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Dumb Coding Mistakes #632

Okay here’s a good one that had me stumped all afternoon.

I must say that as far as collections go, I’m used to using arrays. Arrays are great cuz they’re typed, they’re fast, and they’re relatively easy to set up and iterate through. The problem is they’re not dynamic. So it’s tough to quickly add and delete stuff from an array on the fly.

Enter the List. Lists are typed like arrays, but they are dynamic– meaning you can just add stuff to your List and the list grows. If you zap something from your list the list shrinks.

This is very useful for saving. In my app, users can add photos to use as backgrounds that they either take themselves or pick from their camera roll. Saving this data is great for a List. I don’t know how many different photos they will add over the course of the app’s life on their device and I don’t care. Save and delete your photos as you wish! They’ll all be stored in a List.

The dumb coding mistake is as follows.

In startup, I need to load these photos. So I iterate through the List. I also check to see if there are problems. If there is missing data or null data I simply throw up my hands and zap the thing from the List. Something went wrong, I’m destroying it. The user can import it again if need be. This isn’t like someone’s bank account.

So it goes something like this:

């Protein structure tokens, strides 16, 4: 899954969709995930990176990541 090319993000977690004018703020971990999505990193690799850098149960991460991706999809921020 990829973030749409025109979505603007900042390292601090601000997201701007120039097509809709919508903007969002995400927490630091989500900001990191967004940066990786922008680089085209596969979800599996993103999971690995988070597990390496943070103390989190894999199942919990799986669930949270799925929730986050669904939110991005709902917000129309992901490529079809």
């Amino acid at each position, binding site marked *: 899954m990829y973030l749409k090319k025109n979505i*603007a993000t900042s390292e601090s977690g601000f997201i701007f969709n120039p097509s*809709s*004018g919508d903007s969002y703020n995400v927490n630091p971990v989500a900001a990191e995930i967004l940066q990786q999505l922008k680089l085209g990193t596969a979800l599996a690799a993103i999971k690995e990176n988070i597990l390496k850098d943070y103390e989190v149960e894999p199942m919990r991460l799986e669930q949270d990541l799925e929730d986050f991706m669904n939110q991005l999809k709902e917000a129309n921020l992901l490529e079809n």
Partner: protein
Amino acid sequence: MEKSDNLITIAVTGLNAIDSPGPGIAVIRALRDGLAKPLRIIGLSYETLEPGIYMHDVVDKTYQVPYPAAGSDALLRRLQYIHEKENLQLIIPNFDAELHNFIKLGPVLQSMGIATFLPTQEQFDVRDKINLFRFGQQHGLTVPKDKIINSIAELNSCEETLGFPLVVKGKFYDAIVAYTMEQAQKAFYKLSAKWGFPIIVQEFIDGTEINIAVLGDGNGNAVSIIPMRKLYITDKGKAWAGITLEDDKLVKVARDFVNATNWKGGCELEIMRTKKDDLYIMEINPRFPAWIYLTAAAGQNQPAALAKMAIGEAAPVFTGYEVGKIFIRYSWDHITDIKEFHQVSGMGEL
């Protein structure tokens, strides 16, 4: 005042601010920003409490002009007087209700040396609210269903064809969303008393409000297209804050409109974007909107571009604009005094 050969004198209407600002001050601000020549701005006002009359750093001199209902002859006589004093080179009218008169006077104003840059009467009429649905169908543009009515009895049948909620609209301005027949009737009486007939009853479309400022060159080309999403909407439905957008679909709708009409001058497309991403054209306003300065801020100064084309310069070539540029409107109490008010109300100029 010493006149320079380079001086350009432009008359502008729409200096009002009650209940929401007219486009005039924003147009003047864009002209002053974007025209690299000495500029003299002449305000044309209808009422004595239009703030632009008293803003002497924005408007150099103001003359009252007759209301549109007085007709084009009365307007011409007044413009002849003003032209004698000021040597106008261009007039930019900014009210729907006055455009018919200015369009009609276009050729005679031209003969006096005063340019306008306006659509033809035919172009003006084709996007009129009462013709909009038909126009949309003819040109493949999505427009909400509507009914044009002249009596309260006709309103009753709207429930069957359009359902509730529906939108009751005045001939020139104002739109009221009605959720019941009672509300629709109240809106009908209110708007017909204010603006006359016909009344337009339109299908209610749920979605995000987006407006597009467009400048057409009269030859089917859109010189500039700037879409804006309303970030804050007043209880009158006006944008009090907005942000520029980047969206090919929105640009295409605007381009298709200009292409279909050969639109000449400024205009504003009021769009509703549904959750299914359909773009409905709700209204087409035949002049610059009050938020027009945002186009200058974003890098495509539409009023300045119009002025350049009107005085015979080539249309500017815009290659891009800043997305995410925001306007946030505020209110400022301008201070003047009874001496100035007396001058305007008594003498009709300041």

for (int i = 0; i < listOfBackgrounds.Count; i++) { if (listOfBackgrounds[i].IsScrewedUp()) { // list item is messed up or corrupted! // zap it! listOfBackgrounds.RemoveAt(i); } else { // everything is fine! load the background listOfBackgrounds[i].LoadBg(); } } Simple enough, right? We loop through all the items in the list. If we detect an error we zap the offending object and remove it from the list. If it's fine, we load it. ERROR! NULL REFERENCE EXCEPTION! Do you spot the mistake? It had my tearing my hair out for quite a while. Having been used to working with arrays instead of Lists, I overlooked an important quality of Lists. They are dynamic. Most of the time this is great. It allows you to add and drop stuff on the fly. But the problem with that, is the List is always CHANGING! Take the following array: myArray = new string[] {A, B, C, D}; It stores four strings. A is in index 0. B is in index 1. C is in index 2. D is in index 3. (both arrays and lists start counting their indexes at 0 -- itself the source of many dumb coding errors) If we DELETED the B at index 1, what would the value of index 3 be? Index 3 would still be D. Index 1 would have a null since we zapped the B. But I would still know what was in index 3 (and all the other indexes for that matter). A LIST on the other hand, continues to resort itself. So for a similar list with values of A,B,C,D in indexes 0,1,2,3... What would be the value at index 3 if we removed the value at index 1? It would be NULL! If we remove the value at index 1-- ie if we remove the B-- then the ENTIRE LIST changes to become: A,C,D in indexes of 0,1,2 Index 3 does not exist anymore! Everything shifts over. And thus my dumb coding mistake. I was iterating through a LIST while removing things from the list. So the list was CHANGING as I was trying to access it. The solution? Store the indexes I wanted to zap in a SEPARATE LIST which I then looped through AFTER the main for loop. After iterating through the main list and storing the numbers, only then was it safe to zap stuff from the original list and feel confident I knew what I was zapping. Even then, I had to loop through the separate list BACKWARDS. Removing index 5 wouldn't have any effect on indexes 0,1,2,3,4. So as long as I removed indexes from highest index to lowest index, even though the List was dynamically shifting, it wouldn't screw everything up. Another brainteaser for the books. I've learned that the only way through this stuff is banging your head against the keyboard until your stupidity gives up and leaves you alone.